At 11,000 hectares this is certainly the largest finca in the environs of Doñana, and one of the biggest private properties in the province of Seville. (The farm measures at least 20 km from one end to the other, and it’s worryingly easy to lose your way among Veta la Palma’s labyrinth of raised tracks.) During the Franco years it was owned by Argentinians who raised beef cattle here. Come the Transition, fearing expropriation, they sold up in 1982 to a wealthy Seville family, owners of the rice company Hisparroz. Though it may have seemed a good idea to plant rice, agricultural activities were soon prohibited in much of the finca under Spain’s new environmental legislation. (Ultimately, just 400ha of the farm’s 11,000ha are planted with rice.) Another plan was needed.
Tides and pumps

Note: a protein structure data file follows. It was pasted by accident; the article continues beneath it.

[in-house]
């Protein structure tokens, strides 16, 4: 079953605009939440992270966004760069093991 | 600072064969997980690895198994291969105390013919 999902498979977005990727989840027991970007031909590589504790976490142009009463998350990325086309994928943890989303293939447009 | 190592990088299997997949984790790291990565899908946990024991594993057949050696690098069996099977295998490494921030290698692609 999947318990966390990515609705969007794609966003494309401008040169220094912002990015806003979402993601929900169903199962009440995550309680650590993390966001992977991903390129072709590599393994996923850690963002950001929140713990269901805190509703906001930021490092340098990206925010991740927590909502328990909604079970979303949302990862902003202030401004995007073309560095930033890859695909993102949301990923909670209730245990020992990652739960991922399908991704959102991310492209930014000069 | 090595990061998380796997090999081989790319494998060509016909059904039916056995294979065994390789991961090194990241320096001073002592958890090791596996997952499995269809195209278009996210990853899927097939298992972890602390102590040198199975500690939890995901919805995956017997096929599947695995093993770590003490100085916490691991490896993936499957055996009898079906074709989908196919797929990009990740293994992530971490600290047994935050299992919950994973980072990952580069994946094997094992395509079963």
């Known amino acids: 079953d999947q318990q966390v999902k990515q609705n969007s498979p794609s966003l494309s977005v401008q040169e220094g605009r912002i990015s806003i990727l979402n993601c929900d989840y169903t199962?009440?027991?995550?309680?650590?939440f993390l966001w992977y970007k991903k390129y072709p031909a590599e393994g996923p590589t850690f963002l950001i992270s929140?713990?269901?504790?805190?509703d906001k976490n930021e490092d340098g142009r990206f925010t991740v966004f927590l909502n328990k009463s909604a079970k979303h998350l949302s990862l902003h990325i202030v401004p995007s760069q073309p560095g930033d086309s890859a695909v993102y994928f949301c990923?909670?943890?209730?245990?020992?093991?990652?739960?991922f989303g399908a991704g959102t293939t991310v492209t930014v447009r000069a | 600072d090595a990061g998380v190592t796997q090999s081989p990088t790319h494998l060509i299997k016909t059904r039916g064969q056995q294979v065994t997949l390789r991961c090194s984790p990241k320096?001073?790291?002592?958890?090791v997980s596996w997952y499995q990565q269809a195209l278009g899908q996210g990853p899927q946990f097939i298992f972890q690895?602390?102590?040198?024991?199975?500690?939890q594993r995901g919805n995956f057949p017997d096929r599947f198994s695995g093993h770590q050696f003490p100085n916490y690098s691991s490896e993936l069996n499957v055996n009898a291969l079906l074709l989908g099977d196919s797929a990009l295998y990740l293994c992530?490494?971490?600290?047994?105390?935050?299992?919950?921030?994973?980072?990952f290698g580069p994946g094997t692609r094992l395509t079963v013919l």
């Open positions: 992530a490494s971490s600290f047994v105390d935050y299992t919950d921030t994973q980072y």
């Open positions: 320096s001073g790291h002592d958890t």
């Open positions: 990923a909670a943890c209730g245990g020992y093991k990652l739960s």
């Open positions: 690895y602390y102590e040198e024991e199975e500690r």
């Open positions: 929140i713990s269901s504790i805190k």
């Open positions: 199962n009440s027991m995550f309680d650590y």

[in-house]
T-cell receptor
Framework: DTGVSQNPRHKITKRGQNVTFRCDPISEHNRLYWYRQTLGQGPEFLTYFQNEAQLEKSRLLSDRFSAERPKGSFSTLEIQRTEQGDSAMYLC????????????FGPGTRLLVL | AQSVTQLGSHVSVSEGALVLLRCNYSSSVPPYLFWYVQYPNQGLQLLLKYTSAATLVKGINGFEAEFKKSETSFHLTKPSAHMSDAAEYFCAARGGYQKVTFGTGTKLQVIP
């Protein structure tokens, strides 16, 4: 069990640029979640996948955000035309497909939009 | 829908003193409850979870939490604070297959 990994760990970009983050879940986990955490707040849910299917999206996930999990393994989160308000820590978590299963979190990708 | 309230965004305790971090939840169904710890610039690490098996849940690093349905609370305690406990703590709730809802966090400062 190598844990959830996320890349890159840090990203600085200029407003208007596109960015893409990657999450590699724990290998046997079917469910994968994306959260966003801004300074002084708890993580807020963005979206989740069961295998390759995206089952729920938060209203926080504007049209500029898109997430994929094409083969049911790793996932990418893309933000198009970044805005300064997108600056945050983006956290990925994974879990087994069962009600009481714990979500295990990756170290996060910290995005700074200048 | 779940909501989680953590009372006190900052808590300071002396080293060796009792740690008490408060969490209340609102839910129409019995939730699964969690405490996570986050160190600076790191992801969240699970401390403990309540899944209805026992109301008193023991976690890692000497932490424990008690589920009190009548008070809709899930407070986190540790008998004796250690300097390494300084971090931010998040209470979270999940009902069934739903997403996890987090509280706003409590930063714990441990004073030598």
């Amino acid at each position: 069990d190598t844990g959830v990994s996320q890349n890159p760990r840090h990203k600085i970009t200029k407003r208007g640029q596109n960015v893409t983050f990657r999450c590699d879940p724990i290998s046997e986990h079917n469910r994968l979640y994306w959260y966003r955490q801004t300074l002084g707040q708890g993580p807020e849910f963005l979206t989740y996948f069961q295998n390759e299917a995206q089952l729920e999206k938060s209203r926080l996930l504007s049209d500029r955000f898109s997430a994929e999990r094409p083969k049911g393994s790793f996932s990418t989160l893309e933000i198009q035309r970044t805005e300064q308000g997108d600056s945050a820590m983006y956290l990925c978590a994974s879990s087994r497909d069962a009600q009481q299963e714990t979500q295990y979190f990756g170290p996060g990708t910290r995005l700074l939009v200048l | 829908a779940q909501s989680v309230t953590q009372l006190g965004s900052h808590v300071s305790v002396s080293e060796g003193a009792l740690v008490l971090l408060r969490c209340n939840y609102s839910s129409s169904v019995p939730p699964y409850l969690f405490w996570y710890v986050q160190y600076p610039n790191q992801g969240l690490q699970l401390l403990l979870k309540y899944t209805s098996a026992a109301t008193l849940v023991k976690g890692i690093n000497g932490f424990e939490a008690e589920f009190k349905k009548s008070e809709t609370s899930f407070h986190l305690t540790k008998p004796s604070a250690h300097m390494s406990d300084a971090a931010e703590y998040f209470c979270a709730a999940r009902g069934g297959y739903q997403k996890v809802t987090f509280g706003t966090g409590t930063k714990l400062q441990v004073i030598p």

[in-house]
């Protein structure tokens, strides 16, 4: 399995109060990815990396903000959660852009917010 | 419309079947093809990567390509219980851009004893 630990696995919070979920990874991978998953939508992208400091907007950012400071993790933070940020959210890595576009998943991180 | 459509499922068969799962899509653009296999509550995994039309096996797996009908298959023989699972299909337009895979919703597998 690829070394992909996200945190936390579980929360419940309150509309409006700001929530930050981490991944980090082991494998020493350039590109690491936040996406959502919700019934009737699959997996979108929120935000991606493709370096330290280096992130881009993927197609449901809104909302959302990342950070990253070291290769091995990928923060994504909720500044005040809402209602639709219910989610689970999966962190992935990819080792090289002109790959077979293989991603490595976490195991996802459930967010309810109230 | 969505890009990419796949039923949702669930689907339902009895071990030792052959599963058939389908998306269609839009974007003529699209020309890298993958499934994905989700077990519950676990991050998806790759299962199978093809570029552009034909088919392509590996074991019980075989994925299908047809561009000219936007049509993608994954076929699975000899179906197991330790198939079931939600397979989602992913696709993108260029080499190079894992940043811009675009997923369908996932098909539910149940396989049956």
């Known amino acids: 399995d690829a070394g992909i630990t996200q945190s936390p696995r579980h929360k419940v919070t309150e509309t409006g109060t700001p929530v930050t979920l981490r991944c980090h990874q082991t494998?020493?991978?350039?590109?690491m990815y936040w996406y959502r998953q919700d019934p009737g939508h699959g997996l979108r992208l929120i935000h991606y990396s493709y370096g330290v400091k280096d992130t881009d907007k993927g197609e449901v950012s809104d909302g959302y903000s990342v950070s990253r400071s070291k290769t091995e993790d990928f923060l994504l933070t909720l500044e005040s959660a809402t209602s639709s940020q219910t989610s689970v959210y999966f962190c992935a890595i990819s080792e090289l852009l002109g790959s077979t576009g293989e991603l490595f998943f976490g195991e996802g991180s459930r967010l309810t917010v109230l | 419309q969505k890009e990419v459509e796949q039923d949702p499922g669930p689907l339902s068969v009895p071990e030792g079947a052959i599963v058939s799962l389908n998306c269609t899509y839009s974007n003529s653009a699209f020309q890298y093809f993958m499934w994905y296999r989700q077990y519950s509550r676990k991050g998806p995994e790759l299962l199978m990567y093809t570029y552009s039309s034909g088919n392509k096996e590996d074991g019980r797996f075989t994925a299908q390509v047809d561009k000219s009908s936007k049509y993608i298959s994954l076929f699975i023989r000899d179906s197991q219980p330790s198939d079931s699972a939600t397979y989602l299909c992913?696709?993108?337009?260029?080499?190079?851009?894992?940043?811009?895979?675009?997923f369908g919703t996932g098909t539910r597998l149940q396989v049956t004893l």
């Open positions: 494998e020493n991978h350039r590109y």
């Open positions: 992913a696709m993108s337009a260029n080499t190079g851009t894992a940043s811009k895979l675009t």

It took a few years, but eventually something clicked. No-one can remember just who thought of farming fish at Veta la Palma, but there was a certain logic to the idea. For as long as anyone can remember there have been fish in these esteros, as the flooded fields of this marshland are known locally, and savvy local fishermen who knew where to find them. But the new project took things much, much further. Former paddy fields would be used to raise fish on a large scale, both on an extensive and semi-extensive basis. Water would be brought in from the river, employing the tides and powerful pumps, and allowed to flow along an existing network of canals. Rearing fish intensively is an industrial process looking for maximum yield in the shortest possible time. Veta la Palma would take other considerations into account, notably the welfare of the fish, the care of the local ecosystem and, not least, the quality of the finished product as a gourmet alternative to both unsustainable ‘wild’ fish and the low-grade conventionally farmed variety.